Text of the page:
Wildlife populations around the world have declined by 30% in the past four decades in the face of record over-consumption of natural resources, a report has warned.
The examination of how more than 9,000 populations of mammals, birds, reptiles and amphibians and fish are faring reveal a planet in crisis, with serious implications for human health, wealth and well-being, conservationists said.
Freshwater creatures in the tropics have seen the worst declines, of around 70%, while tropical species as a whole have seen populations tumble by 60% since 1970. In Asia, tiger numbers have fallen 70% in just 30 years.
Wildlife is under pressure from ever-growing human demand for resources, the study by WWF, the latest Living Planet report from the Zoological Society of London (ZSL) and the Global Footprint Network said. And research into demand for water revealed 2.7 billion people live in areas that suffer severe water shortages for at least one month of the year.
People are exploiting resources such as water, forests and fisheries and putting greenhouse gas emissions into the atmosphere at a much higher rate than they can be replenished and pollution absorbed.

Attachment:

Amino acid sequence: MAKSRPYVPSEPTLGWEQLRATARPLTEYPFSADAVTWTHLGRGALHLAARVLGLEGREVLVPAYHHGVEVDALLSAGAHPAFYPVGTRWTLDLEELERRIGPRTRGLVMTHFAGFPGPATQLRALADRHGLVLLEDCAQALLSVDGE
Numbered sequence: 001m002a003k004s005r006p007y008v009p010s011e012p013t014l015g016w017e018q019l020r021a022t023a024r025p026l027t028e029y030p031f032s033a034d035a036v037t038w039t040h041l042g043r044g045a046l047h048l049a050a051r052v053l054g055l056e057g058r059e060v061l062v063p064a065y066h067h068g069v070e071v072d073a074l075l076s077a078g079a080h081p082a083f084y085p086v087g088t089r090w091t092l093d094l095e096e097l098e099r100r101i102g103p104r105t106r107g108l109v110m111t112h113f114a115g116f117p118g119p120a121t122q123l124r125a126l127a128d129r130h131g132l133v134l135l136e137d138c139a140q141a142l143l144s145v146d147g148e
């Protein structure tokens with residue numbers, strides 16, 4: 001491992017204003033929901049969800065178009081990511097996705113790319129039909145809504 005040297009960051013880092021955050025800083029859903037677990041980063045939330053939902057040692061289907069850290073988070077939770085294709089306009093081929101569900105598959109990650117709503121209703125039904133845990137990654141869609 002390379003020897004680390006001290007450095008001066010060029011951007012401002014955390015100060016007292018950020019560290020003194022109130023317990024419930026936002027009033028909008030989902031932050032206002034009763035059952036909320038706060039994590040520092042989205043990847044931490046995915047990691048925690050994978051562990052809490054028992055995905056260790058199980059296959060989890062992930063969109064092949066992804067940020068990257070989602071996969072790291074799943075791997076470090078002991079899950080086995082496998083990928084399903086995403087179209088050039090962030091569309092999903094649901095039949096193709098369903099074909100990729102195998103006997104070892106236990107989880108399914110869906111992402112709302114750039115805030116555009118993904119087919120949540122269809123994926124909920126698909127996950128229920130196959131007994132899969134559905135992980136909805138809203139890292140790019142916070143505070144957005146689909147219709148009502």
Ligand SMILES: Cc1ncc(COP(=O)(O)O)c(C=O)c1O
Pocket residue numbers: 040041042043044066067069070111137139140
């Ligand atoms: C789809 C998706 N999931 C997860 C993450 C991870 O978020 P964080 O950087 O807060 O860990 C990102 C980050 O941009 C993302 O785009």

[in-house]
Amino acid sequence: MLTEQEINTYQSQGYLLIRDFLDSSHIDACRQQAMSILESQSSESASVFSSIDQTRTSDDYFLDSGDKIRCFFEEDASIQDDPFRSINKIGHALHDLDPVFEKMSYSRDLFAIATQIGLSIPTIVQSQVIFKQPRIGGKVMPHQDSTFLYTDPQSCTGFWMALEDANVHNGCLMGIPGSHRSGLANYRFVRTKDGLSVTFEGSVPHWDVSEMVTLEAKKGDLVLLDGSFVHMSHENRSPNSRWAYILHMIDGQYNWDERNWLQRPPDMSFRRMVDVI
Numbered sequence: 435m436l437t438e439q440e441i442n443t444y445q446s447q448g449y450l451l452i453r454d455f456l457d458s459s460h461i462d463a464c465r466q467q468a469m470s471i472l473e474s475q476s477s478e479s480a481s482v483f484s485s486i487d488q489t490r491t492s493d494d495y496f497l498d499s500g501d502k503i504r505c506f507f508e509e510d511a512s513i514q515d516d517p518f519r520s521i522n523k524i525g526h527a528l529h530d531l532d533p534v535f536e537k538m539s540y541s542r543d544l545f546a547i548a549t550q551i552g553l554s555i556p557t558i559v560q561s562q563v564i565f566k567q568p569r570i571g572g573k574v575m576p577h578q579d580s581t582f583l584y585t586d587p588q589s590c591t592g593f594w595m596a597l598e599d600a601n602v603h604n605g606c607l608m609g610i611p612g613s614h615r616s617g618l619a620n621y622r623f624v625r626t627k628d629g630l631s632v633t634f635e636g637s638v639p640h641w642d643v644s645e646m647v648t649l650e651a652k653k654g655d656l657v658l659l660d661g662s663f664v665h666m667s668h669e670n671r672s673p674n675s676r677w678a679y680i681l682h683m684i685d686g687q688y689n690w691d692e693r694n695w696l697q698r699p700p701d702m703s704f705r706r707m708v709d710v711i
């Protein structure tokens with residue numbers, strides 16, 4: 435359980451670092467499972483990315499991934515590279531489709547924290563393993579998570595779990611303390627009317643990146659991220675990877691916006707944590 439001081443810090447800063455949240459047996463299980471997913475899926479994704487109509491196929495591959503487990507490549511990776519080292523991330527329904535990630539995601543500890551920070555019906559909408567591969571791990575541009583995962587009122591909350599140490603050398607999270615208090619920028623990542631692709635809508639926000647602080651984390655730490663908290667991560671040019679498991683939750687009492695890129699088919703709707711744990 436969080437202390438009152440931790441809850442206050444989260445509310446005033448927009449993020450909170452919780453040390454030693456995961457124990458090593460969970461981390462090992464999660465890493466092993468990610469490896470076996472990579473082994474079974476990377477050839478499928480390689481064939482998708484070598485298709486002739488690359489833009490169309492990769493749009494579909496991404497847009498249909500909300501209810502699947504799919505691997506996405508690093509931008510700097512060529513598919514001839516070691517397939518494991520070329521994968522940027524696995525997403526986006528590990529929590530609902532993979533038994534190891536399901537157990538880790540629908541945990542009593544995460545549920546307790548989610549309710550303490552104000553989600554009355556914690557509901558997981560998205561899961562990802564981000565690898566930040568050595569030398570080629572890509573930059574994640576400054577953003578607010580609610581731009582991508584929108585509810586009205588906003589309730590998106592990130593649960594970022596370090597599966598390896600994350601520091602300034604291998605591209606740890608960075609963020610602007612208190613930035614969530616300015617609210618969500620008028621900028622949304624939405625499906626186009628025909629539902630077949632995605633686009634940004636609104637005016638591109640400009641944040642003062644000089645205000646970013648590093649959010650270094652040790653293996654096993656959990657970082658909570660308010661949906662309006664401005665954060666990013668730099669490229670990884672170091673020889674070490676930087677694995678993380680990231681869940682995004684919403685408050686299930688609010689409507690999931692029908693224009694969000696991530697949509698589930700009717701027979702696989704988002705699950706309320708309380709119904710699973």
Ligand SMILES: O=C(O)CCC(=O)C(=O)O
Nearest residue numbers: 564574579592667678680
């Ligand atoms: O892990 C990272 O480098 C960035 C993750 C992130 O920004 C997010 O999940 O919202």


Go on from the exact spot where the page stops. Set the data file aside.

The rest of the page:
The "ecological footprint" of human activity was 50% higher than the capacity of the Earth's land and oceans in 2008, the most recent year for which figures are available, with people living as though we have a planet and a half to sustain us.
Rising population and consumption means that by 2030, two planets will not be enough to meet human demand, threatening the resources including food, freshwater and a stable climate that people need to survive, the report said.
ZSL's Professor Tim Blackburn said: "We are living in a planet in crisis, and the Living Planet Index is one window into how bad that crisis is."
He said the Living Planet report monitored the Earth's "natural capital" in the same way the FTSE 100 tracked the stock market, and was showing declines that if they occurred in the financial sphere would cause global panic.
And he said: "Nature is more important than money. Humanity can live without money, but we can't live without nature and the essential services it provides."